Positive Training Blog Hop: The Many Possibilities of Targets


This month’s Positive Training Blog Hop comes just in time for a cute video and a little intro… the little fluff ball you see targeting my palm above is named Kelinn. He is another Icelandic Sheepdog – his great grandmother is Jeni’s mom’s littermate. He will be staying with us for a while.

One of the first things I like to teach any dog that comes into my house, puppy or not, is to target my palm with their nose. It’s a great way to introduce a dog to clicker or marker training, where you use a distinct sound (a click made by a clicker) or a word (“yes”) to mark the exact moment a dog does a behavior.

Palm targeting is pretty easy for most dogs – simply put your open hand in front of their nose. Some dogs will merely look at it or show some distant interest and some will go as far as sticking their nose against your palm (which is the final desired behavior). Click interest in your hand and gradually increase criteria until the dog is fully touching your hand. At this point you can start moving your hand farther away and up and down and making it harder.

This was Kelinn’s first time ever learning to target a hand:

Note: Keep sessions short! Especially with baby puppies. You can see his attention waning toward the end – I probably should have cut this off about 15 to 20 seconds earlier than I did.

Of course, hand targets aren’t the end of the road. You can eventually teach a dog to target all sorts of things, with their nose and other parts of their bodies, like their feet. The nose touch behavior is a first step to teaching a dog to go away from you – you can use any object but you can buy a little ball on a stick specifically for this sort of thing – you teach the dog to nose target an object sitting on the ground and gradually move it farther away from you until the dog is leaving you to touch an object.

Jeni demonstrates a useful way to utilize a paw target – closing a door!


You an also use a paw target as the foundation behavior for teaching a dog to pivot by moving their hind legs (teach them to keep their front paws on a specific object and click for movement of back feet):


You can also teach a “mouth target” where the dog puts their mouth on an object which is the foundation for all sorts of things like a formal retrieve or pulling or holding objects (the paper towel tube was just the first thing I saw floating around… once a dog knows how to target things you can mix up the objects!):


There are endless possibilities! This is my personal favorite thing to teach to dogs that may not be familiar with positive training/clicker training or even have been trained using aversive methods. It is a pretty “easy” behavior for a dog to catch onto and it is a way to teach them that now THEY control the rewards. Their movement gets the “click” and the reward and it can be very empowering.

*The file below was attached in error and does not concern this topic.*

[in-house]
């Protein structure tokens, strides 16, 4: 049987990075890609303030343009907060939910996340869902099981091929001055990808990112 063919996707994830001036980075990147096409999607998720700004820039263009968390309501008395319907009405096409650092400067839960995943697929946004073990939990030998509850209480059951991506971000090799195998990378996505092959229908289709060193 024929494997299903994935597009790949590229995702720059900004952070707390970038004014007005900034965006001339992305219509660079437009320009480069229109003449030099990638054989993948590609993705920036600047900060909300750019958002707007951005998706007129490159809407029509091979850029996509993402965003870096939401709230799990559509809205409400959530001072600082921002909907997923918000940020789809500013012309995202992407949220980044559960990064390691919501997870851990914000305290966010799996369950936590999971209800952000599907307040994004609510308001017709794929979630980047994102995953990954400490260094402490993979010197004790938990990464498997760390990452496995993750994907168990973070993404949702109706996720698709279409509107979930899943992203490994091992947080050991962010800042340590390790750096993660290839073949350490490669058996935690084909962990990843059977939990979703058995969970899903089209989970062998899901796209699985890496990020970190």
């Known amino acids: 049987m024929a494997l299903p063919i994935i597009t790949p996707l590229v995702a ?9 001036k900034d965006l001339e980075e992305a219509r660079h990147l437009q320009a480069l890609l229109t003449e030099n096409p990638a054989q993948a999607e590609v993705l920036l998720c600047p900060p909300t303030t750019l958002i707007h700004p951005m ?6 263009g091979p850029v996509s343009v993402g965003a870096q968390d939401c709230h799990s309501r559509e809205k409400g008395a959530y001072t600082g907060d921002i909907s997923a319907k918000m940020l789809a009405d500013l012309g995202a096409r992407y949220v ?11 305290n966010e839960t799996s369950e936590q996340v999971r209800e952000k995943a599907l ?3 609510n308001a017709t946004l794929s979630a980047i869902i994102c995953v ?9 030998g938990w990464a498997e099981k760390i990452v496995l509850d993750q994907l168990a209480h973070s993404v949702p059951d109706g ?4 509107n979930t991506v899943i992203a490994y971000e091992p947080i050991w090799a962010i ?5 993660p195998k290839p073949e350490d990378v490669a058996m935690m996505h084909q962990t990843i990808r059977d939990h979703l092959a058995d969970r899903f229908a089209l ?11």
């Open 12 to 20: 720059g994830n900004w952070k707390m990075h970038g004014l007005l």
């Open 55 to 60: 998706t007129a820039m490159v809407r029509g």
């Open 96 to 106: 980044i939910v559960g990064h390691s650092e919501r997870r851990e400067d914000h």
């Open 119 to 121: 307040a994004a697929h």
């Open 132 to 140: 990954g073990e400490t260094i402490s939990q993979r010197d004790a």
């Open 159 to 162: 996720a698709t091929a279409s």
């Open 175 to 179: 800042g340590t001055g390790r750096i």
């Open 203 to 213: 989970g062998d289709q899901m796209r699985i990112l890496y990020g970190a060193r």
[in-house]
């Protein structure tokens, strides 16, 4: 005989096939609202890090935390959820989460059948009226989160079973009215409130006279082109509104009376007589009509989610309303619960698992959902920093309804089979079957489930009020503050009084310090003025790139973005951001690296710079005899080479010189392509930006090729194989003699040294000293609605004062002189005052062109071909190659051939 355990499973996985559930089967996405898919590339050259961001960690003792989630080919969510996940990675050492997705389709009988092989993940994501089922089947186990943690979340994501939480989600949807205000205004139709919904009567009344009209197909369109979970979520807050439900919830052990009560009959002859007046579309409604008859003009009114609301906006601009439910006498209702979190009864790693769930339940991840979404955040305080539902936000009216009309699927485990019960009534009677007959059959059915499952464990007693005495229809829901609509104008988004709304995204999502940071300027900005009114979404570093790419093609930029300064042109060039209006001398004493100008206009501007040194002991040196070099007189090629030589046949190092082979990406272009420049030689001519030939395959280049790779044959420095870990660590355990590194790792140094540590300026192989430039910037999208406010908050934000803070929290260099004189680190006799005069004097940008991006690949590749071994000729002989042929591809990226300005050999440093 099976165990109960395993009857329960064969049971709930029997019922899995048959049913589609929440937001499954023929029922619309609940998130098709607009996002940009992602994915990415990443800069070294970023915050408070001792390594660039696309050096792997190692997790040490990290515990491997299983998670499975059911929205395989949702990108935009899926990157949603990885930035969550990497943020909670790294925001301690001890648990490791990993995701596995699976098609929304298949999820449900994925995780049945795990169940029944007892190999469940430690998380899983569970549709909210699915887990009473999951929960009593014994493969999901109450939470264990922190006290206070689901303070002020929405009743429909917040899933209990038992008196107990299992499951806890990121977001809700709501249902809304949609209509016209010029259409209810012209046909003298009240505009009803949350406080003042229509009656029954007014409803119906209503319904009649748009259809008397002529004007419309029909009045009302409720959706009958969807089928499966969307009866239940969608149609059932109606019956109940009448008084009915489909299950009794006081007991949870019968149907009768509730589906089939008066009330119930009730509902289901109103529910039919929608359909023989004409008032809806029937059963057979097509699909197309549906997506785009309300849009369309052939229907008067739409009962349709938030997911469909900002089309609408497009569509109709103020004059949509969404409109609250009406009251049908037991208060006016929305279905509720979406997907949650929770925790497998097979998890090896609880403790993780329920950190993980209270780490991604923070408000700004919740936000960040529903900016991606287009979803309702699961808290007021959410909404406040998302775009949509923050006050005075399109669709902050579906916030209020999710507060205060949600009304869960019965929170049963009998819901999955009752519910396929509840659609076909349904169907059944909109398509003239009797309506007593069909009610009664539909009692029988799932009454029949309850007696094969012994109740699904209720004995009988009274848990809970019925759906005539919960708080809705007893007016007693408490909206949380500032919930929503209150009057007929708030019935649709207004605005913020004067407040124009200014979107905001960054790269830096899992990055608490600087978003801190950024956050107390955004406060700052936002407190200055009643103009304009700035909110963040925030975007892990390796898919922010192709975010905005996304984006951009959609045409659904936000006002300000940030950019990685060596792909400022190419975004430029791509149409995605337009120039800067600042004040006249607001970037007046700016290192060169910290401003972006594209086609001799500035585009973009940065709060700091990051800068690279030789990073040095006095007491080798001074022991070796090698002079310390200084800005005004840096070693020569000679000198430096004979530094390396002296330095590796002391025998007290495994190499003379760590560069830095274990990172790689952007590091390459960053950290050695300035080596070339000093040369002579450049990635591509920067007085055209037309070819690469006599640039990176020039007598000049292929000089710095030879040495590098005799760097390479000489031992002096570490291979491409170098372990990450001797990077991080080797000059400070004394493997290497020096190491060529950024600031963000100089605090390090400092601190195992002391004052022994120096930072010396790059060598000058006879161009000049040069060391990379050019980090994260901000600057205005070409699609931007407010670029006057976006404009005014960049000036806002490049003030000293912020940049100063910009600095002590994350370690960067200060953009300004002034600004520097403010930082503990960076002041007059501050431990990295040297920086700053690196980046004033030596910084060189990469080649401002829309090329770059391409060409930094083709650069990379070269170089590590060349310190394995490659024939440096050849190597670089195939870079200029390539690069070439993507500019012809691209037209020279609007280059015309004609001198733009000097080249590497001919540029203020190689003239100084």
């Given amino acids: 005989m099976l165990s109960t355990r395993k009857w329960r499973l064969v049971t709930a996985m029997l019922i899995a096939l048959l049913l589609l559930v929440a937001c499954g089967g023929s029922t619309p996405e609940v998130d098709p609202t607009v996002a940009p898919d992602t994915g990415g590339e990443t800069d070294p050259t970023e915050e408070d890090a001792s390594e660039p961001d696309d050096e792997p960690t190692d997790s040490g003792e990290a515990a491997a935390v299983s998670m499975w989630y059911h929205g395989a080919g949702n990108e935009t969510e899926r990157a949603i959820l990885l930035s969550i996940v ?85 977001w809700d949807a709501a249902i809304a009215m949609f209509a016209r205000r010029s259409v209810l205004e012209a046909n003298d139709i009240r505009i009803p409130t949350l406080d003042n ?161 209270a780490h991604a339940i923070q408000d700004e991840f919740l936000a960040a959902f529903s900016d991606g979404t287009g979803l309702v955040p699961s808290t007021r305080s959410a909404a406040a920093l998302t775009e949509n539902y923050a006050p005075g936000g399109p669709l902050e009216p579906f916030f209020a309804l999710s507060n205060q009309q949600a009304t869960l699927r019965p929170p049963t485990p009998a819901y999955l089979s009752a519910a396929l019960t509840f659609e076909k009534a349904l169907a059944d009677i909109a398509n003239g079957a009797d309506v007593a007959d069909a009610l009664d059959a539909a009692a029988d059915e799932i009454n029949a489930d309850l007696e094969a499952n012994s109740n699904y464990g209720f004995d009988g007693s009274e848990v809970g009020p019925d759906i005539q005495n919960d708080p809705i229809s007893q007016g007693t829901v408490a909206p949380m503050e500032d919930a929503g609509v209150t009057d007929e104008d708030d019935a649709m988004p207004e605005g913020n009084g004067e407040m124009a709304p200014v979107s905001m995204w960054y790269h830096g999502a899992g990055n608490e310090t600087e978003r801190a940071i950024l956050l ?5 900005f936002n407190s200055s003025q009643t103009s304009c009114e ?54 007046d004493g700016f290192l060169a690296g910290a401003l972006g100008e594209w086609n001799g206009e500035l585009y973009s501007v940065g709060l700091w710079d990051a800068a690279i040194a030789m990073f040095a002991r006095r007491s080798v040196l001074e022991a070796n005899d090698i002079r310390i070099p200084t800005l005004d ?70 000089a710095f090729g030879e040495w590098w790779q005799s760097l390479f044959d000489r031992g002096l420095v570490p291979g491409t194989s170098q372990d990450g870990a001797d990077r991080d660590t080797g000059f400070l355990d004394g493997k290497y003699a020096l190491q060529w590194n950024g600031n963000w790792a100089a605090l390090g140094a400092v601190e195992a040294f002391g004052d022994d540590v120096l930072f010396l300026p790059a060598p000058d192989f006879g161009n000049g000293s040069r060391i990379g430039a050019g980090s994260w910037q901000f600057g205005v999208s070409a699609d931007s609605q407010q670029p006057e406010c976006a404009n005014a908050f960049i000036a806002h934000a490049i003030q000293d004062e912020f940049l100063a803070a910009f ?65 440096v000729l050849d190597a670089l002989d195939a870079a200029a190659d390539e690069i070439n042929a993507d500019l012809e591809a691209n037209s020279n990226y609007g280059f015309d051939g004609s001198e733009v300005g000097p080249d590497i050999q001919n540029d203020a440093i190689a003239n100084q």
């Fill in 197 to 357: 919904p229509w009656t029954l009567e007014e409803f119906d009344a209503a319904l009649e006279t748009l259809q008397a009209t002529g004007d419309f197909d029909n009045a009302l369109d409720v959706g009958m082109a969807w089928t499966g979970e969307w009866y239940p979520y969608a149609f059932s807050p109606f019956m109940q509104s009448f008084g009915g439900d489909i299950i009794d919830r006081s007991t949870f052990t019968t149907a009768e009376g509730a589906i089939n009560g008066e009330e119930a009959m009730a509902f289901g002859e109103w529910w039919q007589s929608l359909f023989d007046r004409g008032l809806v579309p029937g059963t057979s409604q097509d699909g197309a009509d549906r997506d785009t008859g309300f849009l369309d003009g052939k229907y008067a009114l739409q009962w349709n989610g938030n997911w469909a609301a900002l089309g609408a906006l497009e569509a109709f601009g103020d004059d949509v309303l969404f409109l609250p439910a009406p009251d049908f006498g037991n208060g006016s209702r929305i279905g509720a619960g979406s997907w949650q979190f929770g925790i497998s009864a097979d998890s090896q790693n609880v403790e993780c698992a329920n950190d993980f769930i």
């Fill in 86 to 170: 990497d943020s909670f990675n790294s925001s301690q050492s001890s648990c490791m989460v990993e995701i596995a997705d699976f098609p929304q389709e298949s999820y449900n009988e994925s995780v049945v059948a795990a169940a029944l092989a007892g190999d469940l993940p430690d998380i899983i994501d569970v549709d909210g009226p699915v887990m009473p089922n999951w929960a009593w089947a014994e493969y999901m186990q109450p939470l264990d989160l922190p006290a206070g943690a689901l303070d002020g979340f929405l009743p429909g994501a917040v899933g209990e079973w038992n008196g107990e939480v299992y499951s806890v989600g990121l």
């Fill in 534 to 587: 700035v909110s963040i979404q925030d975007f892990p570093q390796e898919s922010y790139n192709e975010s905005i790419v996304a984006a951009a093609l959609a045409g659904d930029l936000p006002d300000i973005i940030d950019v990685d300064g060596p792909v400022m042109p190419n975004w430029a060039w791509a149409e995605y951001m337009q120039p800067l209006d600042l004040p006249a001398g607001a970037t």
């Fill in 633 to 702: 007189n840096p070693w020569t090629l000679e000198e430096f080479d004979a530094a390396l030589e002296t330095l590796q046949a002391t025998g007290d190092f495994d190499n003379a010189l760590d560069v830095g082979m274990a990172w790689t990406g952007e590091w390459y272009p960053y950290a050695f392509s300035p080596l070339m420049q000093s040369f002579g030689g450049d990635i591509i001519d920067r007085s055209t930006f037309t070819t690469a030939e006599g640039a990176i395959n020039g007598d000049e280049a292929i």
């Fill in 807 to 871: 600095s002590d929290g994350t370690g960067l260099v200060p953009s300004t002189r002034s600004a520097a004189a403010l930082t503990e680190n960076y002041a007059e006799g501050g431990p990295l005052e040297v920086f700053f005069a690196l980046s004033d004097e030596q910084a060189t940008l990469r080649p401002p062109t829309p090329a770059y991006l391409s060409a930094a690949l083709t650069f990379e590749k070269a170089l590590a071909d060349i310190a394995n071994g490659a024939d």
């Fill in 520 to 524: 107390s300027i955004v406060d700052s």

Even if you never go past a palm target, there are many useful applications… for a shy dog, you can have them target the palms of strangers instead of being pressured to make eye contact or be petted. You can use a palm target to move a dog around your body to a more convenient position. And of course the behaviors that can use targeting as a foundation are numerous.


Today I’m taking part in the “Positive Pet Training Blog Hop,” hosted by Dachshund Nola, Tenacious Little Terrier and Cascadian Nomads.


7 thoughts on “Positive Training Blog Hop: The Many Possibilities of Targets

  1. Pingback: Target Train your dog to Touch Nose to Hand | We Live In A Flat

  2. Nose to palm is an especially great thing for puppies to learn. Puppies who know this behavior are less likely to shy away from hands making them less difficult to place collars or leashes on and just generally more friendly dogs. It had never occurred to me that teaching a mouth “take” is target training but -wow- it seems I use targets for everything my dogs do! πŸ™‚ Thanks for joining The Positive Pet Training Blog Hop today.

  3. I’m curious if you use different cues for nose/paw/mouth targeting? I started out with a nose-touch to the cue “touch” but didn’t really discourage an offered paw-touch, and now I’m wanting to teach that separately.

    • Yep! Jeni has a different word for all numbers of paws (one two three or all four) and I will add a gesture to the cue to let her know what I want her to target. Her nose touch at this point is only a palm touch and I have no cue other than the open hand as it is used as a gauge of her attention level and I prefer it is a silent cue. But you can play around with what works for you!

  4. We trained both the pivot and retrieving by sort of target. My dog often just let the dummy fall in the middle of the retrieve, so we started again, training it backwards: First picking up the dummy lying in front of her, sitting down, and giving me the dummy. Only then I started to throw the dummy. Worked much better. πŸ™‚

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